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Tips for understanding behavior in employees


The world of business management is not all about cash flow, spreadsheets, and marketing, there is the tricky business of human behavior that must be attended to. Most business managers who studied management in school spent a lot more time in accounting and economics class than they did in psychology class and sometimes human behavior can be quite a mystery. Here are a couple of tips to help you understand the behavior of your employees.

Employees are "trainable"-at one level, humans are just animals and our behaviors can be understood as a series of stimulus and response patterns. At a very basic level, we repeat behaviors that have worked for us in the past and fail to repeat behaviors that have not worked for us. This concept is called behaviorism and it says that when employees are rewarded for good behavior, they will repeat the behavior. In a bad job, the only reward an employee gets is a paycheck and he or she will do as little as possible to keep getting that reward. In a good job, there are constant rewards; even praise can be considered a motivating reward that encourages good behavior.


An interesting thing to note about behaviorism is that punishment is only used to reduce behavior. If you want any sort of behavior to increase, you need to reward the behavior, not punish a person for lack of it. For example, if you want an employee to clean up their area at the end of the shift, punishment for not cleaning will not instill the behavior (although it might work for a while). If you truly want to change behavior, you need to give a reward for cleaning the area. This doesn't mean you need to follow your employee's around throwing treats all day long. The reward can be, "as soon as your area is cleaned, you can go home". If going home is rewarding, that will soon become associated with cleaning the area. You don't want to get in the habit of treating employees like pets, but it is good to understand the basic nature of human behavior and how reinforcement works.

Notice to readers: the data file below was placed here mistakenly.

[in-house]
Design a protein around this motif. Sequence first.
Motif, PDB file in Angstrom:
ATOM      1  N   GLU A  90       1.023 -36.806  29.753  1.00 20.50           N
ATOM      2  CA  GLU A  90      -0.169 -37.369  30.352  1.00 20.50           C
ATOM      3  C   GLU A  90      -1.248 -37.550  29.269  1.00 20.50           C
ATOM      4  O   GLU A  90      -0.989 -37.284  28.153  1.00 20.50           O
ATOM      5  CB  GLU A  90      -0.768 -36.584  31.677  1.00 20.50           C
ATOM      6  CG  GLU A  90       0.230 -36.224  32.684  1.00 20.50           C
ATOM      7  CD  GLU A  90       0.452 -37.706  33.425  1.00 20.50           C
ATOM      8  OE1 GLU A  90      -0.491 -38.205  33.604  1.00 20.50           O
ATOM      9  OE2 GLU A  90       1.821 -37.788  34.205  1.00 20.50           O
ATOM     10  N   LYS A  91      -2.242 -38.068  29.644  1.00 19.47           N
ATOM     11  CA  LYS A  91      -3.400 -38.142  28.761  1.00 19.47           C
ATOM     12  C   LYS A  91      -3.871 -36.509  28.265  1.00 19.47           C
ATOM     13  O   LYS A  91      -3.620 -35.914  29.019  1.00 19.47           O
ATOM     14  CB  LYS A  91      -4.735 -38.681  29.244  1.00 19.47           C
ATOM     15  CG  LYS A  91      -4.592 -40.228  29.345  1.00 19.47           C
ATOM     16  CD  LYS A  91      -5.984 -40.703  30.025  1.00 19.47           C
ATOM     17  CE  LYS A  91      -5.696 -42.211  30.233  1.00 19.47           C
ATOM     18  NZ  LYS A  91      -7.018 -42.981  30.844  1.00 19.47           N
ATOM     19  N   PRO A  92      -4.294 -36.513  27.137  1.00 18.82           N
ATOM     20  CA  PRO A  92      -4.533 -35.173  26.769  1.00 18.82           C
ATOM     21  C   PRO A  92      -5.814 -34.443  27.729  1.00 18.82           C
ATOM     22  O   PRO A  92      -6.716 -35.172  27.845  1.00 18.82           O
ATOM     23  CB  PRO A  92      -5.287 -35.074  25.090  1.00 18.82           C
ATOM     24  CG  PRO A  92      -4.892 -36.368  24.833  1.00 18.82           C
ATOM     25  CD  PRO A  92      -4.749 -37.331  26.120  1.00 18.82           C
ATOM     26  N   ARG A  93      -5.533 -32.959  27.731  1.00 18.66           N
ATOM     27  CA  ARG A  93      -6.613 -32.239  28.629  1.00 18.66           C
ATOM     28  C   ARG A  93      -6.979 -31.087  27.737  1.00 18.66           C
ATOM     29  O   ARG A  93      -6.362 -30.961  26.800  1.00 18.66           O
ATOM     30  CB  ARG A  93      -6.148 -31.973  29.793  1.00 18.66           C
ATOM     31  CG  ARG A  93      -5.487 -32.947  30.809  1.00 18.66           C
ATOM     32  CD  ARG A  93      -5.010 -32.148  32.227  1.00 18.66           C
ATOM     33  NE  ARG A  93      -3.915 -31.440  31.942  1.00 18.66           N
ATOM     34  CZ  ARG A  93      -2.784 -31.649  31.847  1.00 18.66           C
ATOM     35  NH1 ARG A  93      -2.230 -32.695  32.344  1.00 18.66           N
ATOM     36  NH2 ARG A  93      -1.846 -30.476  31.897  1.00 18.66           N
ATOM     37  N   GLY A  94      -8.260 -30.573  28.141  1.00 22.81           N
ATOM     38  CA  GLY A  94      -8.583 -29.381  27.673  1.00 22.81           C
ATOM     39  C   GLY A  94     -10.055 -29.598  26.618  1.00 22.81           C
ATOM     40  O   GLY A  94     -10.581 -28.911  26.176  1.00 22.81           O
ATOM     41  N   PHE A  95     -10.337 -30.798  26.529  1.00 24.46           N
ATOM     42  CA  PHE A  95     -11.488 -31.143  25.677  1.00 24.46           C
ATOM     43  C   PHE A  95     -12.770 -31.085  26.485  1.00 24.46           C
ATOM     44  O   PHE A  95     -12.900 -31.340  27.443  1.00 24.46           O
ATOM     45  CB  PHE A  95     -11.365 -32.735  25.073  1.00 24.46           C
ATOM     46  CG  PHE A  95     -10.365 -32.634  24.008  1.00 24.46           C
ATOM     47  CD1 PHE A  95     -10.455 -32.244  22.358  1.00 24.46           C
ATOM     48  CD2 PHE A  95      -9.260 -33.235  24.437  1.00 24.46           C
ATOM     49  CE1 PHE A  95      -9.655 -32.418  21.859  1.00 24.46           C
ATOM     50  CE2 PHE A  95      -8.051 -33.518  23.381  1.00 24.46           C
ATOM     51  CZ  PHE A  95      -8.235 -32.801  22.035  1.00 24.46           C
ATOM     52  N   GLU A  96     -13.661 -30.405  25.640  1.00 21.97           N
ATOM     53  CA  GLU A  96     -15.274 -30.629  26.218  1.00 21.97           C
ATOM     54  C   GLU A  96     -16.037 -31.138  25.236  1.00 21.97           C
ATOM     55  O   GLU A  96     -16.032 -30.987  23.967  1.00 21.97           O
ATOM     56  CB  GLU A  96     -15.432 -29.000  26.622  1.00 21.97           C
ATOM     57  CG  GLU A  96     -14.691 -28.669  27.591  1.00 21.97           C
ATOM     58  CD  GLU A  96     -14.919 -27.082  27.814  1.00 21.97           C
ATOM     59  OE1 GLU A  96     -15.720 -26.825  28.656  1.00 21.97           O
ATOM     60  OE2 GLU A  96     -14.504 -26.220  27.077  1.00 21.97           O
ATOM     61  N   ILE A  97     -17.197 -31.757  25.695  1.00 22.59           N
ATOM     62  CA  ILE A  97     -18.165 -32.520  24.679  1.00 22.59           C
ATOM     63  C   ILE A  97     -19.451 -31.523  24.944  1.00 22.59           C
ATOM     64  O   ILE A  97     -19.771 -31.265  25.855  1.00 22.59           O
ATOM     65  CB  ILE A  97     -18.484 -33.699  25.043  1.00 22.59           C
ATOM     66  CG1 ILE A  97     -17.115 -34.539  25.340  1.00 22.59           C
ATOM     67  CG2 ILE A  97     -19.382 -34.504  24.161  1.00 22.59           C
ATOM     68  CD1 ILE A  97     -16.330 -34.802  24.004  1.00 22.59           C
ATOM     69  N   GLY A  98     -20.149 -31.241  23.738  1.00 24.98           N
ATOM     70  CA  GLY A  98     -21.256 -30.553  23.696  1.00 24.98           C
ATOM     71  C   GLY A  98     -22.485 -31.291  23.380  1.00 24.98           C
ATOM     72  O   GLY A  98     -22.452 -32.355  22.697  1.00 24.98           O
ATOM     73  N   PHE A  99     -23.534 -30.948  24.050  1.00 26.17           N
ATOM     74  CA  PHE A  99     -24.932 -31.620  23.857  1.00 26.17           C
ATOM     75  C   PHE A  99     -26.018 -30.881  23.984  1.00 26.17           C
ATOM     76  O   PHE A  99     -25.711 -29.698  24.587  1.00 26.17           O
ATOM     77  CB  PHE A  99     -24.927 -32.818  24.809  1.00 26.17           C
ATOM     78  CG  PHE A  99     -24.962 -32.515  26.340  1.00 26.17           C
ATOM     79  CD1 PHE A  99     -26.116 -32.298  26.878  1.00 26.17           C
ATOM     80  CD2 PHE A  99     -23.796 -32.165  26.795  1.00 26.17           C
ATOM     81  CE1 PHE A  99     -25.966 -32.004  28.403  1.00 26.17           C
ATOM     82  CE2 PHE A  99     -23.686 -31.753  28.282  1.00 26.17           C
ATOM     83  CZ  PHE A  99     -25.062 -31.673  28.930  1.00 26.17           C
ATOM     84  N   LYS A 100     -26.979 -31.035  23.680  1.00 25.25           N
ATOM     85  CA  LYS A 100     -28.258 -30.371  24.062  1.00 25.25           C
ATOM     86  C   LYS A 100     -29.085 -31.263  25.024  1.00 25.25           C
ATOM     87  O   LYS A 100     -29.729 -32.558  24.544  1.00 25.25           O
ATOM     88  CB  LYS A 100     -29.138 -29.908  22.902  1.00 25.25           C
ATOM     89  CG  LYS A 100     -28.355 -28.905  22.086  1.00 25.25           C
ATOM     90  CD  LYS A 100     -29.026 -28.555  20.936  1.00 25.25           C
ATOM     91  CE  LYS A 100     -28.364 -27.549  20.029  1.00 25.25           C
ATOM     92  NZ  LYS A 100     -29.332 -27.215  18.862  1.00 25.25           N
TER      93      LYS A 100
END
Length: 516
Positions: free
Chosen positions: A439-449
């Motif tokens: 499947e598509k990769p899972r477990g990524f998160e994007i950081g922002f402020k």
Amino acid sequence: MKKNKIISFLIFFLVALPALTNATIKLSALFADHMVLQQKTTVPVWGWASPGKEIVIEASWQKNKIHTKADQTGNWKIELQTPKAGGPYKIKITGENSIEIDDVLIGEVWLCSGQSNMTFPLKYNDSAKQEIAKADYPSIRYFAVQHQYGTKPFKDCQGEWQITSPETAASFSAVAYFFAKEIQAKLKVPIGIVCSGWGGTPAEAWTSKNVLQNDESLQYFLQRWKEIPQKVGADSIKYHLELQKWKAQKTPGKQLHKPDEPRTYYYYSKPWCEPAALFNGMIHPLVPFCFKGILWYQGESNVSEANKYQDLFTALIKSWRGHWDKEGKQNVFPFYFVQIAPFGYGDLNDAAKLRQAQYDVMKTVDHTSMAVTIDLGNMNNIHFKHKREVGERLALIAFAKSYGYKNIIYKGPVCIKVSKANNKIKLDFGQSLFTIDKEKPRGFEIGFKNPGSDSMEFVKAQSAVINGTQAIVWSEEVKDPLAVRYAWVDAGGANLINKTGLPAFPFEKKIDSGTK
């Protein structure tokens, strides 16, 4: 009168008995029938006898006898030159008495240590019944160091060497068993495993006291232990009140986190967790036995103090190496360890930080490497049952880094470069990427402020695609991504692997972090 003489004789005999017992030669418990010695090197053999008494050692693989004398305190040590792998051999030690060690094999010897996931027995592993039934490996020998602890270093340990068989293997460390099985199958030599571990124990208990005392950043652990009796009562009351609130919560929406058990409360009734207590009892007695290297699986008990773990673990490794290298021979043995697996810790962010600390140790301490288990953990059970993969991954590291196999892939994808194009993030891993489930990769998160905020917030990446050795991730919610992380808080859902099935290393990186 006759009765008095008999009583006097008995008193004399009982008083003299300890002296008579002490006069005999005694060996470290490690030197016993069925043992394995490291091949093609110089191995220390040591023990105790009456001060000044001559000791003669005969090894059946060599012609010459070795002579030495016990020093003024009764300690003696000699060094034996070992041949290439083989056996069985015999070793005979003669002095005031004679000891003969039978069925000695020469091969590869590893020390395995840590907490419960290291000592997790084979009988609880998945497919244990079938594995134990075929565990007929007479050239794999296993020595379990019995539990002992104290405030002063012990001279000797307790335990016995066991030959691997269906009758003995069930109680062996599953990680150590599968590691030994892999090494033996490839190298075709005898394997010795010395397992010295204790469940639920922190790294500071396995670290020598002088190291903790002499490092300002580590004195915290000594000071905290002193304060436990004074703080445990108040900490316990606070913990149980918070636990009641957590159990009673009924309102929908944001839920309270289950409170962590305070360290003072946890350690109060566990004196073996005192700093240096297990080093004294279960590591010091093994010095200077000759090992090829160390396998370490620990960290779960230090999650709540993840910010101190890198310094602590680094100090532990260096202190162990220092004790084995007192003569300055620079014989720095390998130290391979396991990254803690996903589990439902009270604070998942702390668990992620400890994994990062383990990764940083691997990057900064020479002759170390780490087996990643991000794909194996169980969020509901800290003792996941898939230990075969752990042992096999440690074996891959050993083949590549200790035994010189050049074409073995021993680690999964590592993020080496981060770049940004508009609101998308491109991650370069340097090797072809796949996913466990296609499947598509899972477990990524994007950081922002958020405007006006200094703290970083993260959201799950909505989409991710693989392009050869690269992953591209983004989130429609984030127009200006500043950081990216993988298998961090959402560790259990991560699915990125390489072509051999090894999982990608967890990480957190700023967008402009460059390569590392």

Employees need to feel empowered-big behavior problems can result from employees feeling powerless in their roles. Feeling powerless can manifest itself in different ways with different employees; some will take a passive aggressive stance, gaining power by what they don't do rather than what they do do. Other employees might respond to feelings of powerlessness by more aggressive means, like gossiping and badmouthing the company. Still others might take out the feelings on subordinates or even on their customers.

To help your employees feel empowered, they should have a say in setting their own goals and they should always be treated with dignity and respect. Another way to empower your employee is to support the employee in a public situation. If they make a decision, do not usurp their power by correcting them in public (of course, there are exceptions to this rule) instead, support the decision and then discuss other options later, in private. Empowered employees make great employees; underpowered employees make bitter enemies that are hard to deal with.

Understand cultural differences-human behavior is largely influenced by culture. If you find that you don't understand the behavior of an employee, you might want to consider the cultural background of the employee. As a manager, you should educate yourself, learning what you can about the person's cultural heritage. In some Asian cultures, people are encouraged never to offer an opinion unless they are asked. If you have an employee with a similar background, you might need to ask for feedback more than you would from an American who values individual opinion and freedom of speech.

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